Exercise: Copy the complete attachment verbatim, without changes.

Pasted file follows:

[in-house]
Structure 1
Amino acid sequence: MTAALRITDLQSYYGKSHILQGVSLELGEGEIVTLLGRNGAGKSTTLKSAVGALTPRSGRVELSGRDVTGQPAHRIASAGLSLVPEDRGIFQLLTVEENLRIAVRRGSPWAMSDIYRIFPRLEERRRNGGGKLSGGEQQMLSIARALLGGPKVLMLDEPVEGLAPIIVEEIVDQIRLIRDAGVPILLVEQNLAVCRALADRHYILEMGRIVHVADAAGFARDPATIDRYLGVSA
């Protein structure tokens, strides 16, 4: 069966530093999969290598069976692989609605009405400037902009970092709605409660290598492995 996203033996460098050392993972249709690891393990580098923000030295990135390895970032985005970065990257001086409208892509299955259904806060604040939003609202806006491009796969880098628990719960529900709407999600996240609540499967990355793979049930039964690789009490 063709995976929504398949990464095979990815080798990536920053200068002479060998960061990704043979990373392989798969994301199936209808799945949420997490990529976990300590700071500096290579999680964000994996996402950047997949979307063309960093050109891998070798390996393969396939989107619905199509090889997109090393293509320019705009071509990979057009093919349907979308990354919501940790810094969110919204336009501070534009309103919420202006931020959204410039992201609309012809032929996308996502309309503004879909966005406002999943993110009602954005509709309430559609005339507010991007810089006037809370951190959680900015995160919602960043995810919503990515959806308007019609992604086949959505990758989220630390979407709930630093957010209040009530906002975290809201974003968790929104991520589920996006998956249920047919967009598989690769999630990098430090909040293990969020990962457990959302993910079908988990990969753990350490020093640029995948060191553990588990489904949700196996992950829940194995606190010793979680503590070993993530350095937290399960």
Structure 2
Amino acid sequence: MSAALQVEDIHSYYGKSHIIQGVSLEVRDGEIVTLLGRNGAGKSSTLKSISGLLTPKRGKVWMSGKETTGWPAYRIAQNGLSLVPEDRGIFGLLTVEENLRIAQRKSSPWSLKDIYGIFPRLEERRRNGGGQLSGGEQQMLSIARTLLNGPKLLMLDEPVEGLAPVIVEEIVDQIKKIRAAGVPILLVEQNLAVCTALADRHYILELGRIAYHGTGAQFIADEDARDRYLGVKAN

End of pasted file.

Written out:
[in-house]
Structure 1
Amino acid sequence: MTAALRITDLQSYYGKSHILQGVSLELGEGEIVTLLGRNGAGKSTTLKSAVGALTPRSGRVELSGRDVTGQPAHRIASAGLSLVPEDRGIFQLLTVEENLRIAVRRGSPWAMSDIYRIFPRLEERRRNGGGKLSGGEQQMLSIARALLGGPKVLMLDEPVEGLAPIIVEEIVDQIRLIRDAGVPILLVEQNLAVCRALADRHYILEMGRIVHVADAAGFARDPATIDRYLGVSA
């Protein structure tokens, strides 16, 4: 069966530093999969290598069976692989609605009405400037902009970092709605409660290598492995 996203033996460098050392993972249709690891393990580098923000030295990135390895970032985005970065990257001086409208892509299955259904806060604040939003609202806006491009796969880098628990719960529900709407999600996240609540499967990355793979049930039964690789009490 063709995976929504398949990464095979990815080798990536920053200068002479060998960061990704043979990373392989798969994301199936209808799945949420997490990529976990300590700071500096290579999680964000994996996402950047997949979307063309960093050109891998070798390996393969396939989107619905199509090889997109090393293509320019705009071509990979057009093919349907979308990354919501940790810094969110919204336009501070534009309103919420202006931020959204410039992201609309012809032929996308996502309309503004879909966005406002999943993110009602954005509709309430559609005339507010991007810089006037809370951190959680900015995160919602960043995810919503990515959806308007019609992604086949959505990758989220630390979407709930630093957010209040009530906002975290809201974003968790929104991520589920996006998956249920047919967009598989690769999630990098430090909040293990969020990962457990959302993910079908988990990969753990350490020093640029995948060191553990588990489904949700196996992950829940194995606190010793979680503590070993993530350095937290399960």
Structure 2
Amino acid sequence: MSAALQVEDIHSYYGKSHIIQGVSLEVRDGEIVTLLGRNGAGKSSTLKSISGLLTPKRGKVWMSGKETTGWPAYRIAQNGLSLVPEDRGIFGLLTVEENLRIAQRKSSPWSLKDIYGIFPRLEERRRNGGGQLSGGEQQMLSIARTLLNGPKLLMLDEPVEGLAPVIVEEIVDQIKKIRAAGVPILLVEQNLAVCTALADRHYILELGRIAYHGTGAQFIADEDARDRYLGVKAN